Located at the southern seaward entrance to the community of Harbour Breton, NL, Rocky Point Light Tower is a round, cylindrical, cast iron tower with lantern room and gallery. It is painted with red and white horizontal bands and stands 8.5 metres high. The designation is confined to the footprint of the structure known as Rocky Point Light Tower.
Statement of Significance
Formal Recognition Type
Municipal Heritage Building, Structure or Land
Rocky Point Light Tower has been designated a municipal heritage site by the Town of Harbour Breton because of its historic and aesthetic values. Rocky Point Light Tower has historic value due to its age and historic use. The light station at Rocky Point was established in 1873 by Inspector of Lighthouses John T. Neville to serve the needs of shipping interests in the Harbour Breton area. Harbour Breton is one of the oldest and largest fishing centres on the south coast of Newfoundland and saw much sea-going traffic. Over the years, Rocky Point Light Tower has guided many vessels into Harbour Breton, including occasional British Navy ships, Newman and Company ships, banking schooners, trawlers, long-liners and small fishing boats. The first lightkeeper at Rocky Point was William Lorenzen. Albert and William Jensen also served here as lightkeepers in the early 1900s. The light ran on kerosene at the time. Lightkeeper Albert Jensen actually died at the light tower in 1907 after drinking wood alcohol. In 1931 the light was changed to acetylene gas and became unmanned, although a caretaker was still necessary to change the gas cylinders and to make sure the light remained lit. Presently, the tower is solar powered and fully automated and it continues to be a beacon for mariners along this stretch of coast. Rocky Point Light Tower has aesthetic value due to its environmental setting. Visible from many vantage points both on land and from the waters off Harbour Breton, the light tower is an easily recognizable landmark. The resettled community of Jersey Harbour, Harbour Breton Bay, Gun Hill, Sagona Island and Thompson’s Beach can all be viewed from the tower. The light tower has further aesthetic value as it is a representative example of a particular style of light tower once common along the coast of Newfoundland and Labrador. In June 1881, the original wooden light tower at Rocky Point was destroyed by fire. A cast iron tower was ordered from Mr. James Angel of Victoria Iron Works of St. John’s and was installed later that year. The tower was painted with red and white horizontal bands, and the lantern room had sixteen triangular panes of glass. Although it is rather subdued in scale and ornamentation, this simplicity speaks to a concern for function and results in a simple yet dignified facade. Source: Town of Harbour Breton Regular Council Meeting Motion 09-047 July 22, 2009.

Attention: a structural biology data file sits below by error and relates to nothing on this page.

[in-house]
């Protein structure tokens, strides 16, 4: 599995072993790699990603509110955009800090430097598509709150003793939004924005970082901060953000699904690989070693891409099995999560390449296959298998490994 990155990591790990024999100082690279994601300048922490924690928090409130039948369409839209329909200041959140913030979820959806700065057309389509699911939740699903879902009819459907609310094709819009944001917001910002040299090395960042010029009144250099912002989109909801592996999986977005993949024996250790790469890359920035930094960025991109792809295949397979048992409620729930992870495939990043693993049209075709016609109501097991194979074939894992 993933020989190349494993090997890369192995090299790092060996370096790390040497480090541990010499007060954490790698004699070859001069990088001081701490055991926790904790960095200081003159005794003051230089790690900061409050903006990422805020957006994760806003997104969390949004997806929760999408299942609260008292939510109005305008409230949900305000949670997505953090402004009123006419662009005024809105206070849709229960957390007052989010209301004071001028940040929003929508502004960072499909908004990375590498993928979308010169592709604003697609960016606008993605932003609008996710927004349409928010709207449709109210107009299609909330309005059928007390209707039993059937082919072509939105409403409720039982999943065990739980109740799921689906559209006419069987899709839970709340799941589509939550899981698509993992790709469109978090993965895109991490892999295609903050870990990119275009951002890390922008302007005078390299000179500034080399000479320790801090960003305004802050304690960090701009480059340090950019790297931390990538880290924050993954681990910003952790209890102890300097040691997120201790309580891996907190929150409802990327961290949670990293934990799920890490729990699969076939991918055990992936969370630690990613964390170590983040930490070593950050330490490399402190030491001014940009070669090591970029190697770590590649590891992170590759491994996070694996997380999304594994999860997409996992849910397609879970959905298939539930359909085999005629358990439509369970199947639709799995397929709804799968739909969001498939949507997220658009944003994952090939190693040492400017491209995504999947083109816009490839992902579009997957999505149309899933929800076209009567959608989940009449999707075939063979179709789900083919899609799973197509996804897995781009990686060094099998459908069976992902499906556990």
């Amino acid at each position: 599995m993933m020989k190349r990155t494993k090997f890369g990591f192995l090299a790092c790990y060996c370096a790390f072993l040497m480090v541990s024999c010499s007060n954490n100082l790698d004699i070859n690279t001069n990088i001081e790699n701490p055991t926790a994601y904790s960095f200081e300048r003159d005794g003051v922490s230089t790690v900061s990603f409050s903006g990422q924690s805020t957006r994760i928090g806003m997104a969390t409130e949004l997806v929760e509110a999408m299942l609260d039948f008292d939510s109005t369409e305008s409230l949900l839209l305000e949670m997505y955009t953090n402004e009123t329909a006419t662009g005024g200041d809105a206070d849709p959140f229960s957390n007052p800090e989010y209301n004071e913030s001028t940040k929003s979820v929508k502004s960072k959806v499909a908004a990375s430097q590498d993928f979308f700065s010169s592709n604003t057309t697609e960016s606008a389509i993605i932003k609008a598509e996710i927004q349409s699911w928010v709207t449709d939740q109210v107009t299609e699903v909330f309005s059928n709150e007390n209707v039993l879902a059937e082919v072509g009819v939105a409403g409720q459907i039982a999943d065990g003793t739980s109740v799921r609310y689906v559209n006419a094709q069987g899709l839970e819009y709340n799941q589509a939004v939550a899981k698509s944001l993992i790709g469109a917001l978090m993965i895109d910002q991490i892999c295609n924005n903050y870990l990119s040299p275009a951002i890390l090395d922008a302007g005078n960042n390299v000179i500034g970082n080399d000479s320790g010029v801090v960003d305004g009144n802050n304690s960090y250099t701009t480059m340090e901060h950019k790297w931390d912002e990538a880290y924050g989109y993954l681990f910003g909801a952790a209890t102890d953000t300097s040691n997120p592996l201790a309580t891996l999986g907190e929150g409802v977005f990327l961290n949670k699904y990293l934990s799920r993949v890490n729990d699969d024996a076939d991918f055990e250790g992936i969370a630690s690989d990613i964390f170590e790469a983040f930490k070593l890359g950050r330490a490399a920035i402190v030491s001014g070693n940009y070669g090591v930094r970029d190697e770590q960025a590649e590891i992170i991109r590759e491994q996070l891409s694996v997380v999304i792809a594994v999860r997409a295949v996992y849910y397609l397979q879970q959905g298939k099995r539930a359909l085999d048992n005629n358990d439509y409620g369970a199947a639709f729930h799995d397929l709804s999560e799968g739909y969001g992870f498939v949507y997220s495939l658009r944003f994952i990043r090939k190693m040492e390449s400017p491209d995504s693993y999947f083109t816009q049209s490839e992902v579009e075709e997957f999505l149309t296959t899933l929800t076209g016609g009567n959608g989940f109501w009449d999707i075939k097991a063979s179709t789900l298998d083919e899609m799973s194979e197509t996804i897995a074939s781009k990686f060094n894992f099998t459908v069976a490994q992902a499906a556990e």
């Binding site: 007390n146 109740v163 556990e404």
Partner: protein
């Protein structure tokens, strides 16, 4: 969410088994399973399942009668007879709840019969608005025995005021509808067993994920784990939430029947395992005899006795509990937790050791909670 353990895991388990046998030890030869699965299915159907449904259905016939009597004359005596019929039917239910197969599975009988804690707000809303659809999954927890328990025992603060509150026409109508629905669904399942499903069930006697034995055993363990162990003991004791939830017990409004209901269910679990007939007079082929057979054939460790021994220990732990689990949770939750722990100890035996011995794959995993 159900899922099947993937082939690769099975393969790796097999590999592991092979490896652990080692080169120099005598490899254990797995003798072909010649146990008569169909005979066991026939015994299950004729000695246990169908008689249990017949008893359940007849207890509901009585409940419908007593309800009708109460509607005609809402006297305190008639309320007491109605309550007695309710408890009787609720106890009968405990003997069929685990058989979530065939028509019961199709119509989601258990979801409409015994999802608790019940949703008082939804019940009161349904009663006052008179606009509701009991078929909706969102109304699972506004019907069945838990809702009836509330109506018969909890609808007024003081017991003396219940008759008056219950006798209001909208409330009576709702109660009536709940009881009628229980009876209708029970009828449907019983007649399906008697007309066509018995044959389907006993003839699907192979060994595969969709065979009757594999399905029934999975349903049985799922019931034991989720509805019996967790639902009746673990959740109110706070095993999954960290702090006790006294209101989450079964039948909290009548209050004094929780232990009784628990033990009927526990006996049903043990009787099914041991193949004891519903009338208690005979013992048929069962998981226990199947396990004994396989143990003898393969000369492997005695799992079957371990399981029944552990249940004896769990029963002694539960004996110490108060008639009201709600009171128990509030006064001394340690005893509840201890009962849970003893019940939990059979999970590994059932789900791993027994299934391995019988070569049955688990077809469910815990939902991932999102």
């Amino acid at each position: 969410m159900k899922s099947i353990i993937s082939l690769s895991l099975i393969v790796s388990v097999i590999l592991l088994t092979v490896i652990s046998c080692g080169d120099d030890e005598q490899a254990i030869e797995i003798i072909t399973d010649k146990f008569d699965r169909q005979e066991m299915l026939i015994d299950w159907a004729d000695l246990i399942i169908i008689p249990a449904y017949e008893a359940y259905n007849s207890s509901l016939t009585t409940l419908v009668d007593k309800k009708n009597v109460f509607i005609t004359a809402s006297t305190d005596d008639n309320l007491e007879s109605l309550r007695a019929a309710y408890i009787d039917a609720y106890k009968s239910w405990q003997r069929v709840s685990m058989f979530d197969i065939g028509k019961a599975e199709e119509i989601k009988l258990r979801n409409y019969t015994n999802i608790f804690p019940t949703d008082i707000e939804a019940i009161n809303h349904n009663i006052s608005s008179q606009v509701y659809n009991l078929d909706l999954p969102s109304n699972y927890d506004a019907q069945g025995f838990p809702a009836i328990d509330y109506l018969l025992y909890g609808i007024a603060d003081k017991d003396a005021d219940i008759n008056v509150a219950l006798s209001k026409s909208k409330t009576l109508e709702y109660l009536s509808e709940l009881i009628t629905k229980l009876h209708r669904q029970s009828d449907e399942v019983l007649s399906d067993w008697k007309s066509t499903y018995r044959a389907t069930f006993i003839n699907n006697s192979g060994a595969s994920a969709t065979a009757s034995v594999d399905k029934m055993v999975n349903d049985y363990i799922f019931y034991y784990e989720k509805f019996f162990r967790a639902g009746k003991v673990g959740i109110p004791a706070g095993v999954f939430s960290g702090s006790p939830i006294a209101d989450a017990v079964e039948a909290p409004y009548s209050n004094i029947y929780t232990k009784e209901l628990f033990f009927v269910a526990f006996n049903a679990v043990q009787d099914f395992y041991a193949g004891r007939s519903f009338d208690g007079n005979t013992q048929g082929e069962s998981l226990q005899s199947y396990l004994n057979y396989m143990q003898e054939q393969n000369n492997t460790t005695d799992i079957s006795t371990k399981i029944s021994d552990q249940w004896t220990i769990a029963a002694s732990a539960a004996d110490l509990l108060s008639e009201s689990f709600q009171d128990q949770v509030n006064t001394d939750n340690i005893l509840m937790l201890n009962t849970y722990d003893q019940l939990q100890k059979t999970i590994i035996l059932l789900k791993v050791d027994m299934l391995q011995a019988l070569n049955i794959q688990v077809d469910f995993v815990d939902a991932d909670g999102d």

Character Defining Elements
All those aesthetic features which relate to the age, style and purpose of the structure, including: -size, style and placement of lantern room; -size, style and placement of gallery surrounding the lantern room; -window size, style, trim and placement; -size, style, trim and placement of exterior doors; -simplicity of exterior decoration; -painted white and red horizontal bands on exterior; -cast iron construction; -height and massing; -location and orientation of light tower, and; -viewscapes to and from the light tower.
Location and History
Town of Harbour Breton
1881 - 1881
Victoria Iron Works